10.5% yield! Here’s what the charts say for the Vodafone dividend

The Vodafone dividend looks huge right now after passing the 10% mark. Do these four charts make it look like a great buy? Or one to be avoided?

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A 10.5% yield! That’s how high the Vodafone (LSE: VOD) dividend has risen. It’s eye-catching, for sure, but is it a good buy?

To answer, I won’t be focusing on the short term. A single year can be misleading, and the last thing I want to do is throw my money in at the top only to see the dividend slashed and my shares tumble in value. 

What I’ll do instead is zoom out a little. Doing this, with the help of charts made at TradingView, I can spots trends in that dividend. Those trends can help me see how reliable that 10% payout is. And in Vodafone’s case, I think these four charts give a very revealing answer. 

What do the charts say?

Source: TradingView

This first chart shows dividend per share. The striking detail here is that it has barely increased for years. Remember, Vodafone reports in euros, so some of the change in that graph will be due to currency conversion. 

The cut in 2020 was understandable. Lots of companies did the same due to Covid. Still, the dividend does seem to be stagnating. 

Not a good start, but this alone is not enough information to make a decision. Let’s explore further. 

Source: TradingView

The next chart shows the dividend yield. So this is the yearly percentage return I’d get back from any investment. As we can see, it’s higher than ever. The last ‘step’ on the chart doesn’t even include the latest rise to over 10%. 

Is this good? Not really. The current yield is far higher than historic levels, a red flag that investors aren’t confident in the stock. And based purely on this chart, a 5%-6% yield is more what I’d expect over the long run.

Source: TradingView

This third chart shows the dividend payout ratio. This is the percentage of earnings used to pay the dividend. And that wonky graph tells a story all on its own. 

For 2021, the firm reported very low earnings which is why it’s so high. For 2020 and 2022, the ratio was above 100%, so the company didn’t make enough profits to cover the dividend. The 2023 ratio would have been over 100% too if it weren’t for the one-off €9bn disposal of one of its German operations.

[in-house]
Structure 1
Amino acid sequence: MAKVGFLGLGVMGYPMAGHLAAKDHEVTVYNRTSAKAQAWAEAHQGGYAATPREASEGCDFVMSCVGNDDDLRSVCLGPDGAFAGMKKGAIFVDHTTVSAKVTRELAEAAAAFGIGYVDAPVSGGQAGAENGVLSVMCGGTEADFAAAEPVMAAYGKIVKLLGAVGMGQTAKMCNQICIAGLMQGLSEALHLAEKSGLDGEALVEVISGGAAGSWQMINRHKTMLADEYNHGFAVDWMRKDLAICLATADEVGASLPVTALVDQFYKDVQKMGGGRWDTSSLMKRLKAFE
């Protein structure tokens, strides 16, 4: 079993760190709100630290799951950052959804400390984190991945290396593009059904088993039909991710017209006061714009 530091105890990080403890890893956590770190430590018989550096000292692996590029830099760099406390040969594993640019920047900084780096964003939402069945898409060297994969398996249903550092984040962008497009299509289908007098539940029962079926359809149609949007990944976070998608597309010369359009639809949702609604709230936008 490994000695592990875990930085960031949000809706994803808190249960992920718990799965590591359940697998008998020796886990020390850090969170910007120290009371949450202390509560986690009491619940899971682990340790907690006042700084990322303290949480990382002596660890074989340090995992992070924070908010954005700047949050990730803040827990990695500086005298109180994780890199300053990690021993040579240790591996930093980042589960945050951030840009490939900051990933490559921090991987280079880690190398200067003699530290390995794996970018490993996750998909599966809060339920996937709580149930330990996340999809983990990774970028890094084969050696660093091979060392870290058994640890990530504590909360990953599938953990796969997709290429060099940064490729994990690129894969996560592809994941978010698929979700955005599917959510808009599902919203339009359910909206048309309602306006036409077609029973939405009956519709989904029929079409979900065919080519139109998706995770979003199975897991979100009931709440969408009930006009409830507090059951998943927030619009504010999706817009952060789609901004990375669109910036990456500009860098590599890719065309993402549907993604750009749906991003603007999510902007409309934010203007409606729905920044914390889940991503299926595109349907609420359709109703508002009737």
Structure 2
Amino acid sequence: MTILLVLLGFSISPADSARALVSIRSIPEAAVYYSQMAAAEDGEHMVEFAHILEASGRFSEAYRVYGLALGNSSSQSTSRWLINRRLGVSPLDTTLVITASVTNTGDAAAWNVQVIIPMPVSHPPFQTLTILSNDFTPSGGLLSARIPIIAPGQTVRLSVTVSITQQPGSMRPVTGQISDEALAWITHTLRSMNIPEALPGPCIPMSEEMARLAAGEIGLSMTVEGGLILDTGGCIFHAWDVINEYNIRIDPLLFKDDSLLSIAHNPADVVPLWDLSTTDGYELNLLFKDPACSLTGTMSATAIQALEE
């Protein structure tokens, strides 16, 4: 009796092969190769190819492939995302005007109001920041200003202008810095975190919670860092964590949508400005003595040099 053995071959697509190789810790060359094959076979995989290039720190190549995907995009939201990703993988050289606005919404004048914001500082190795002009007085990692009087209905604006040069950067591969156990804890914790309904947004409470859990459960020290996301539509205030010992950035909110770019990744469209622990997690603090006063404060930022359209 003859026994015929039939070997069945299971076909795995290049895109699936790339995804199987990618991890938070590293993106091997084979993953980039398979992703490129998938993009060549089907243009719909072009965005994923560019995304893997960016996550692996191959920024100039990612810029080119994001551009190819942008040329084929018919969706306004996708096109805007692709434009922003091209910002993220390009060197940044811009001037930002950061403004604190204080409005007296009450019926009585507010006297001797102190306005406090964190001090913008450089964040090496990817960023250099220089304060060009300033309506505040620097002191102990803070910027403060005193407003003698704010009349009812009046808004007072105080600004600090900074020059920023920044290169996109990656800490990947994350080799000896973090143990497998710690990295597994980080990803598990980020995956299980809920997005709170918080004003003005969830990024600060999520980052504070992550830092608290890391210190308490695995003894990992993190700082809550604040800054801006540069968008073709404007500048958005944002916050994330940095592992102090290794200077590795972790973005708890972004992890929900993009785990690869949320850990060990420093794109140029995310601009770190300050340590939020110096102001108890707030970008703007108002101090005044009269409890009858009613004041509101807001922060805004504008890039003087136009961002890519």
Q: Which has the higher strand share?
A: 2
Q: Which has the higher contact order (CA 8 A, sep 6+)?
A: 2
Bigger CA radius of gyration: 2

In short, Vodafone hasn’t been earning enough to pay its dividends. And that brings me onto the last and perhaps most revealing chart.

Source: TradingView

This final chart shows Vodafone’s debt-to-equity (D/E). This is how much debt the firm is in compared to the total shareholder equity. Because it’s a ratio, we can easily compare debt from year to year.

Clearly, debt levels are high right now. That’s not great for the dividend as future earnings may need to be diverted to pay down the debt or to cover financing. I will say though that competitor BT has an even higher D/E of 1.6 right now. So perhaps Vodafone’s debt isn’t too unreasonable.

A buy? 

Taken together, do these charts say that Vodafone is a good buy? Well, I’d have to say no. They show the firm has its work cut out to keep up with those high dividends and that 10%+ yield looks like it’s on shaky ground to me. I’ll be avoiding.

Should you invest, the value of your investment may rise or fall and your capital is at risk. Before investing, your individual circumstances should be assessed. Consider taking independent financial advice.

John Fieldsend has no position in any of the shares mentioned. The Motley Fool UK has recommended Vodafone Group Public. Views expressed on the companies mentioned in this article are those of the writer and therefore may differ from the official recommendations we make in our subscription services such as Share Advisor, Hidden Winners and Pro. Here at The Motley Fool we believe that considering a diverse range of insights makes us better investors.

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